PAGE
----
(4) Vets come home with troubled mind/PTSD and do not know it

Most combat vets come home with troubled minds because battle automatically makes your mind troubled (if you are fighting alongside me and your mind is NOT troubled you are too stupid to be safe so get out of here before you get me killed!).

Having a troubled mind in combat 24/7, day after day, month after month becomes the “New Normal” and you do not think anything is wrong being that way because it is not un-usual but the usual, common, everyday condition your mind is in when fighting for your life.

The problem is that for many combat vets — including this writer – you cannot tell any difference in your head from High School to combat to back home again.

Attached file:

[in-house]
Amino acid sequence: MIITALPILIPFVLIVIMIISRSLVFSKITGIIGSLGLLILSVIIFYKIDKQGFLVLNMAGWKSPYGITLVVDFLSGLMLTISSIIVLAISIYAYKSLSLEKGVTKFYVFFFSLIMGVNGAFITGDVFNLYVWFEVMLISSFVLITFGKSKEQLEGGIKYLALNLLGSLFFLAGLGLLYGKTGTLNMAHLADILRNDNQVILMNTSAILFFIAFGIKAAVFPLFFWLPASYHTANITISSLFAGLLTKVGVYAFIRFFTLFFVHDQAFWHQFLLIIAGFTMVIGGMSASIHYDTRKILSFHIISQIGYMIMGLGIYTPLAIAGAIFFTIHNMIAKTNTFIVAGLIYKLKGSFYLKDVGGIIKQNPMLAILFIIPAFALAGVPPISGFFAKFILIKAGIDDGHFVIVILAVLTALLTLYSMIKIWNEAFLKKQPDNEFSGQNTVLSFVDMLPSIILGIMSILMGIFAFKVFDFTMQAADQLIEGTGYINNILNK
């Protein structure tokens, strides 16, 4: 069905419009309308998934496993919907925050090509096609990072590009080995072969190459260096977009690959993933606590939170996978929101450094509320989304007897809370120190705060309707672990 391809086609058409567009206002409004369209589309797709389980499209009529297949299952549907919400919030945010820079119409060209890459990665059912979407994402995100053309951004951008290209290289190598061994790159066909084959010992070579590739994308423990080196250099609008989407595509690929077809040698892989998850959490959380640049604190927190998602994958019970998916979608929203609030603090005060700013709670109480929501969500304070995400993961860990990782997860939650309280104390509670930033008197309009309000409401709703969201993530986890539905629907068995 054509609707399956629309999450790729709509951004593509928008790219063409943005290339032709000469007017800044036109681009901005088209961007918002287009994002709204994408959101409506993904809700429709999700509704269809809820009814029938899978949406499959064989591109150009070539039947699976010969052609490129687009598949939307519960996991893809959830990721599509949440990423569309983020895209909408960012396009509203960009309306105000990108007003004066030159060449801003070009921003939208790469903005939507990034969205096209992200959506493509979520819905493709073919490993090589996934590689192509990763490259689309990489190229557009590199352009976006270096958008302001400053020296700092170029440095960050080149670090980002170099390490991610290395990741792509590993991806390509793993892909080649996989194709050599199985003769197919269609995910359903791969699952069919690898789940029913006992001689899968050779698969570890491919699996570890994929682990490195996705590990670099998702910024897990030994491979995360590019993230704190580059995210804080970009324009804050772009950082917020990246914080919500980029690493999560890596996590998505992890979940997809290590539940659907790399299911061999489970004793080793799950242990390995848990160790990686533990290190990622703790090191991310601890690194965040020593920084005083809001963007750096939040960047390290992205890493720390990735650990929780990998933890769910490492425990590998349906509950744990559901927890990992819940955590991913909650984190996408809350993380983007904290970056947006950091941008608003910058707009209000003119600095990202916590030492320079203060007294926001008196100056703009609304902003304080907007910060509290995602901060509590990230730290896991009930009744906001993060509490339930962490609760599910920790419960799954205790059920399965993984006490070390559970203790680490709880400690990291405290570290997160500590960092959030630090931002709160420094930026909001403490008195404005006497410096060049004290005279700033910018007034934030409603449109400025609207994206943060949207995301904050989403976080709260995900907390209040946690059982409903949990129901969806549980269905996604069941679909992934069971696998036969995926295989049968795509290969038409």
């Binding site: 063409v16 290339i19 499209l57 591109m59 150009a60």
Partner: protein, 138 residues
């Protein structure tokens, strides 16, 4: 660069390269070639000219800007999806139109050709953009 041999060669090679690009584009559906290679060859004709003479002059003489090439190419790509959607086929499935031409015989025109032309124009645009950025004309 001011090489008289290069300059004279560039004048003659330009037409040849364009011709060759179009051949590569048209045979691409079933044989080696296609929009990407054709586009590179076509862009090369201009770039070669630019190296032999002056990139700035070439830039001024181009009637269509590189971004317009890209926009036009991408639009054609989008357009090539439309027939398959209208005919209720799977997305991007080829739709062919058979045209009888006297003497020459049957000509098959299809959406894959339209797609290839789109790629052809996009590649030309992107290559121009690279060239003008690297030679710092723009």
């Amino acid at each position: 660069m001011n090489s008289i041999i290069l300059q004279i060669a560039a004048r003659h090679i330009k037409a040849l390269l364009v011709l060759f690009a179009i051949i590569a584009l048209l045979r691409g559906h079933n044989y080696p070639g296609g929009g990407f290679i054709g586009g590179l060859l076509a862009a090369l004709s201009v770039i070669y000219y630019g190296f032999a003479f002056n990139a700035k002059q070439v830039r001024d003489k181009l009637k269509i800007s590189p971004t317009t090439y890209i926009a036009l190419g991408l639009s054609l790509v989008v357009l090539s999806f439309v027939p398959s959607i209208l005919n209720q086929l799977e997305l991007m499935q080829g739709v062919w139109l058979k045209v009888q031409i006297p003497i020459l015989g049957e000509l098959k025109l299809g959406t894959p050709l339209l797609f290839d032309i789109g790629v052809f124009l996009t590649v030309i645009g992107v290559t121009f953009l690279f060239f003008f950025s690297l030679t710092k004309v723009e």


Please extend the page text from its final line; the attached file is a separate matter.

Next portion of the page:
To say this another way, when you try to look at the state of your mind historically, chronologically – from back then till now – many if not most people cannot see any change, everything looks the same, it seems like your head has always been the way it is, you cannot remember it ever being any other way.

This is why you deny that you are suffering from troubled mind/PTSD. You are not dishonest, you are not a liar trying to fool somebody — you sincerely/genuinely do not know that you are.

(5) Being instantly angry over not much is a dead-giveaway you have troubled mind/PTSD

There is, however, a tell-tale indication that you are suffering from troubled mind/PTSD.
If before combat you were pretty much contented, even-tempered, not hot-tempered but maybe sort of cool — but now after combat:
you are discontented, super-quick to be impatient, annoyed, displeased, vexed;
you are intensely roused to fits of anger at the slightest irritation,

your new pattern of instant-anger is a dead giveaway that you are suffering from troubled mind/PTSD.